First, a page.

Molly Robbins of the Denver Writing Project offers students a road map to have hard conversations with people with whom they fundamentally disagree. After working on civil conversations and participating in the 3D Digital Democratic Dialogue Project, some of her students of color were empowered to speak at a professional development day for teachers, creating a powerful experience that shifted the conversation toward creating a more generative space where students feel included in their education.
The Civil Conversations Project (adapted from Krista Tippett’s work) offers students a road map to have hard conversations with people with whom they fundamentally disagree—a skill that is rarely modeled for them in today’s world. In the Civil Conversations Project, the point is not to debate, not to pontificate, not even to push a position forward. Rather, the point is to listen and ask questions to understand how the worldview of the opponent helped them form their views and opinions. In this way, students might move towards compassion in their conversations when they find disagreement.
Drawing from Tippett’s work, I had my students conduct these civil conversations with families and friends over Thanksgiving weekend—and they filmed them.
At this time, I was also participating in the Digital, Democratic, Dialogue Project led by Nicole Mirra. Through this project, three of my students of color participated in our district affinity groups where students of color from across my district talk together about their school experiences. The three students spoke at a new teacher induction meeting to share how new teachers can work to create excellent learning for each student who crosses their paths and to offer a more inclusive approach to teaching and learning.
As a result, I saw that my students felt empowered to begin discussing WHAT IF…scenarios with me:
- What if we do something like this at our school?
- What if I can share what school is like for me in order to create change?
- What would it look like for me to become an advocate for more inclusive practices at my school?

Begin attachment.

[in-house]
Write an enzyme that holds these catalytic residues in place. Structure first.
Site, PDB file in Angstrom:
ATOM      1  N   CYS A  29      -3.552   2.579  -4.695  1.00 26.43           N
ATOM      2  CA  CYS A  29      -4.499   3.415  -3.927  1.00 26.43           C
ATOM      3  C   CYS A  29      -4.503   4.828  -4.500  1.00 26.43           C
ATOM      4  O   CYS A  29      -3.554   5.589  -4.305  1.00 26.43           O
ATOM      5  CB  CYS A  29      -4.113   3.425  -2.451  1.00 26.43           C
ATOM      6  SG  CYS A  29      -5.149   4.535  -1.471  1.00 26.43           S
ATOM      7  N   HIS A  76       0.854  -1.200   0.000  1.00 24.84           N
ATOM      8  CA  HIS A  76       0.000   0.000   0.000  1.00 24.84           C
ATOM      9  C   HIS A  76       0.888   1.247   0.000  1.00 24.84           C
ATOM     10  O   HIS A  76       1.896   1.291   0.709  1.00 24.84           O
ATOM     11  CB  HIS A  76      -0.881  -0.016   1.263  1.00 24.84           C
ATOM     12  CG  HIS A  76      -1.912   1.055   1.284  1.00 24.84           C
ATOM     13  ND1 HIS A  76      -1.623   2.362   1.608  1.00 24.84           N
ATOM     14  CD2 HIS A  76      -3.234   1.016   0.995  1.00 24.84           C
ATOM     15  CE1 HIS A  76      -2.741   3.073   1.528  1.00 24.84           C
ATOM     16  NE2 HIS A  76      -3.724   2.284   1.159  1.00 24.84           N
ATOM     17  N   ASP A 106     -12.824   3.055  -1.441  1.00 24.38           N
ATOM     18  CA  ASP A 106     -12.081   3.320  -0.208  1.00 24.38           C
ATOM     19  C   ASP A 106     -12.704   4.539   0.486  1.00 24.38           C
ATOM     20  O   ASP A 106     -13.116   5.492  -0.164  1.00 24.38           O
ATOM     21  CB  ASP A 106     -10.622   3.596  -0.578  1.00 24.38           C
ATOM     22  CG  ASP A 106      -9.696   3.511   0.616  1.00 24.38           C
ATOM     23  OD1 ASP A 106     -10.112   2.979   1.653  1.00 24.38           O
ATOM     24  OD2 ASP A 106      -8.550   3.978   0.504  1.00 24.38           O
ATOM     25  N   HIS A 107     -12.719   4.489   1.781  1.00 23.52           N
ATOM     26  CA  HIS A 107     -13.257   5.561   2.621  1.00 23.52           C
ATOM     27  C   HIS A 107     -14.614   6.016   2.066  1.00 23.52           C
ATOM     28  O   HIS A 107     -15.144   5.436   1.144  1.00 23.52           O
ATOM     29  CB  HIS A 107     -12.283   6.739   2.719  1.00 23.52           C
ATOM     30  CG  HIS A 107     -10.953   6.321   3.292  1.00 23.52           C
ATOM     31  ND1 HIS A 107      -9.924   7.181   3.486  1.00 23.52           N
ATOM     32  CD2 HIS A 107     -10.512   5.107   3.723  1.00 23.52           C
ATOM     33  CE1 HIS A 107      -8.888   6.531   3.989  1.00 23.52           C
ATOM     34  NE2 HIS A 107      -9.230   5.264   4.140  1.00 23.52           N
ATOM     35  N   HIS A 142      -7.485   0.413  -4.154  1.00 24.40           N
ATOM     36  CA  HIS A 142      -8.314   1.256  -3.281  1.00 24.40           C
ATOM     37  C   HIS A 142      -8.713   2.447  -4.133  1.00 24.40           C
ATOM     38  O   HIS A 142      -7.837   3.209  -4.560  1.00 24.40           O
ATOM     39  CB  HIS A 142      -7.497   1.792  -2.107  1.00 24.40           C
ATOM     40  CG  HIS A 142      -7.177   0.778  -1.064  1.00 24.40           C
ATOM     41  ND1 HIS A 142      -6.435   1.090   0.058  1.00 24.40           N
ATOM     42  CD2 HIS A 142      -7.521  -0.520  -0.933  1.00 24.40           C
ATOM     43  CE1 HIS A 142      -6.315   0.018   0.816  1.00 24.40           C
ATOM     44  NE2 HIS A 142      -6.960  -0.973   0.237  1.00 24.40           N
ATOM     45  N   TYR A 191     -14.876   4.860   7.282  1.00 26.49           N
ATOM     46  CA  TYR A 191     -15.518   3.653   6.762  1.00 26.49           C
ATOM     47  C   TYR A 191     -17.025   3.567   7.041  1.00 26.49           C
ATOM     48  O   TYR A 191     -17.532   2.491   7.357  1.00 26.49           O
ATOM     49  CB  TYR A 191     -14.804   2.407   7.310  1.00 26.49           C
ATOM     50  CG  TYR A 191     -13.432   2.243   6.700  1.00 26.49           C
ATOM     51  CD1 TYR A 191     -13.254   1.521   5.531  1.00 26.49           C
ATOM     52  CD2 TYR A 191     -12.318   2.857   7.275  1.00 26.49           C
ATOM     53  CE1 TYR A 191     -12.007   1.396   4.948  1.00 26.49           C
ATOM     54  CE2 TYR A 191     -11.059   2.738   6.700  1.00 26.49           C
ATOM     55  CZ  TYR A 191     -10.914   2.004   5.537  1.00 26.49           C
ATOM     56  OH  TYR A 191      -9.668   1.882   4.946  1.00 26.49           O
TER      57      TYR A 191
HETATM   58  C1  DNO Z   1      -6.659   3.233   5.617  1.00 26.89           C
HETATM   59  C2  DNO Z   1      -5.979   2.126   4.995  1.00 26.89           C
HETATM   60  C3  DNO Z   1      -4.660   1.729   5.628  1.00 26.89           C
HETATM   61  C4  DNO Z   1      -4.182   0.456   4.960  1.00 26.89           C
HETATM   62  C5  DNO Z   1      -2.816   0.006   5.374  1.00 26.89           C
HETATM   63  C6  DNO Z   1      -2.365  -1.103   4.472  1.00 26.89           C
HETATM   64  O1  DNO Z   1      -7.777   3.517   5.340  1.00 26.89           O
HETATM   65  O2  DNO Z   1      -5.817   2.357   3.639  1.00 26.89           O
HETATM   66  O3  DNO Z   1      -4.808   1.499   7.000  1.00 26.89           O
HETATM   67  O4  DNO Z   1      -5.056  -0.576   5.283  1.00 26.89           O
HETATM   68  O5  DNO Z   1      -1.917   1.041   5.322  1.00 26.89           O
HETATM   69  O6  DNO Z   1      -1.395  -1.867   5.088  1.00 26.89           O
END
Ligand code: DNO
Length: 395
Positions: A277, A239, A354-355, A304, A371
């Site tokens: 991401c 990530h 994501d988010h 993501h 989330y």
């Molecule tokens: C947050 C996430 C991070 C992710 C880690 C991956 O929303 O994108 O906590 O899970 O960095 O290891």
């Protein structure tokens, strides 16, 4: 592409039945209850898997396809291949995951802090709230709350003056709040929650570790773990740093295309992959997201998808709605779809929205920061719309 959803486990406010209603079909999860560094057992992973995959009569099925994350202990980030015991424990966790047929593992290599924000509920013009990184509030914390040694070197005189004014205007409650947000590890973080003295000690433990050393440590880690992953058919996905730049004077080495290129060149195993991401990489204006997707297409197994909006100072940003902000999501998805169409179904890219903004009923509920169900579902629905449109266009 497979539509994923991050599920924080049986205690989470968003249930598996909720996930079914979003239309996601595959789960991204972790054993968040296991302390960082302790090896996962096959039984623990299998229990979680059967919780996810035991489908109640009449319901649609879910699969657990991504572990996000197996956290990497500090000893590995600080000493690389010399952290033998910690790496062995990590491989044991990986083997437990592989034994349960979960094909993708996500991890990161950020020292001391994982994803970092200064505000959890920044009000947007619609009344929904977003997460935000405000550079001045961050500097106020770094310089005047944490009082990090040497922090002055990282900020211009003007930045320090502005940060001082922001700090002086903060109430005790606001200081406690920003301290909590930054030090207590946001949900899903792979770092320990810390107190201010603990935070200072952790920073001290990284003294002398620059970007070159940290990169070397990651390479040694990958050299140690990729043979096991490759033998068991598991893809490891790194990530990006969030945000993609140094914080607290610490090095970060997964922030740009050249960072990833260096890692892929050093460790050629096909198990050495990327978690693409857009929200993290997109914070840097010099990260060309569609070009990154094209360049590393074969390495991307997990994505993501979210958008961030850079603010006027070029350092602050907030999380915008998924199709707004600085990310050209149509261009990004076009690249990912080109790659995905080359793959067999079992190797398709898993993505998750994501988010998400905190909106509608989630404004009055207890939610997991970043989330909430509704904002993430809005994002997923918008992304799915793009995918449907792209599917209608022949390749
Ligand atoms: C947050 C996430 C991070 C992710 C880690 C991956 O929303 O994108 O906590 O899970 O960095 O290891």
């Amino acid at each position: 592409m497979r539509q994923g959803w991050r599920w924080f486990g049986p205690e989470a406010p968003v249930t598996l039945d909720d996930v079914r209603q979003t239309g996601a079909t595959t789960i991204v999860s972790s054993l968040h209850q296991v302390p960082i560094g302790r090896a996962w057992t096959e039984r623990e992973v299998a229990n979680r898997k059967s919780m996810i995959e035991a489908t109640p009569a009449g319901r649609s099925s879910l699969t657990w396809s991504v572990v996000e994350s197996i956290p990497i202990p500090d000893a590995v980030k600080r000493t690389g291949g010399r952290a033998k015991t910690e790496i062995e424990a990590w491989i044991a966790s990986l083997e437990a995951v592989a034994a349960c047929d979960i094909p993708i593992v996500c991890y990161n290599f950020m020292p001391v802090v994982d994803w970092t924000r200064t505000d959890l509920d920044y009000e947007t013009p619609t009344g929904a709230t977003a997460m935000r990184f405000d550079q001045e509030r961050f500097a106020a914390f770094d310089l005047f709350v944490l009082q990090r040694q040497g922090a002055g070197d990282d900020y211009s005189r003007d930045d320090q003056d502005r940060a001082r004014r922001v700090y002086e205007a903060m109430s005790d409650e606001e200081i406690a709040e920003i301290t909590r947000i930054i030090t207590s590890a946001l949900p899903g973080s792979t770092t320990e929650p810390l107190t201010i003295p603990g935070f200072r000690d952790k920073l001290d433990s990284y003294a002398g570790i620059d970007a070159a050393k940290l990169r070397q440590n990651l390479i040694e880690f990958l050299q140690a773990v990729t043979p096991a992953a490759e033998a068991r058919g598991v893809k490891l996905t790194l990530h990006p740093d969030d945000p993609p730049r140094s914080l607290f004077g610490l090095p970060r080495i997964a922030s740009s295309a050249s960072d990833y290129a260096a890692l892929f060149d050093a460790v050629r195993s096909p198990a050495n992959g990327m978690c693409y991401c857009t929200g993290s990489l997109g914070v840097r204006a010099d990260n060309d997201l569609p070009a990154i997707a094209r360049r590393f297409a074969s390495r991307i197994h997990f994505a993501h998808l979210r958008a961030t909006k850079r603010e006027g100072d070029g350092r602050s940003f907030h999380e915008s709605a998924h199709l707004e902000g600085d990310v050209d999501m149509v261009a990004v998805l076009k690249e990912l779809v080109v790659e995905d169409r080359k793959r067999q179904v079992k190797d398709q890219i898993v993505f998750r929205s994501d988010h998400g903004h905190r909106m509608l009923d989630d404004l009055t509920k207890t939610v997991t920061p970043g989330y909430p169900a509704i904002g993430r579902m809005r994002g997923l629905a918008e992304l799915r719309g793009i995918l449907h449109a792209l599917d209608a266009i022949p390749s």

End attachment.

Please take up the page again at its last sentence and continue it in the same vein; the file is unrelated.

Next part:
Every February my school has a professional development day marked on the calendar. On this particular February professional day, ten of our students of color came in to sit in a circle with our staff surrounding them and supporting them to discuss their experiences help our staff understand their worldview and how certain practices in the classroom help or hinder their learning.
Listening to our students and hearing their stories proved to be one of the most powerful professional development experiences as reported by most of our teachers. After the students spoke, teachers were put into small groups with a trained facilitator to debrief what they learned from the experience.
It was this move to have teachers hold dialogue with one another that created a new space for conversation in my school. This practice of learning how to listen and then come together to discuss learning has moved the conversation in my school from “those kids” toward “our kids.”
Having hard conversations requires a framework and a clear goal going into it. People must understand the ground rules before starting, and those ground rules must be supportive of understanding one another and creating a generative space.
If we can move competition in our teaching practices towards a collective commitment to understanding our children’s experiences, we can create more generative schools. Holding deep conversation with a commitment to understanding our students’ experiences while withholding judgment is one tool to create generative spaces where students feel included in their education. Krista Tippett is right—the first step is listening.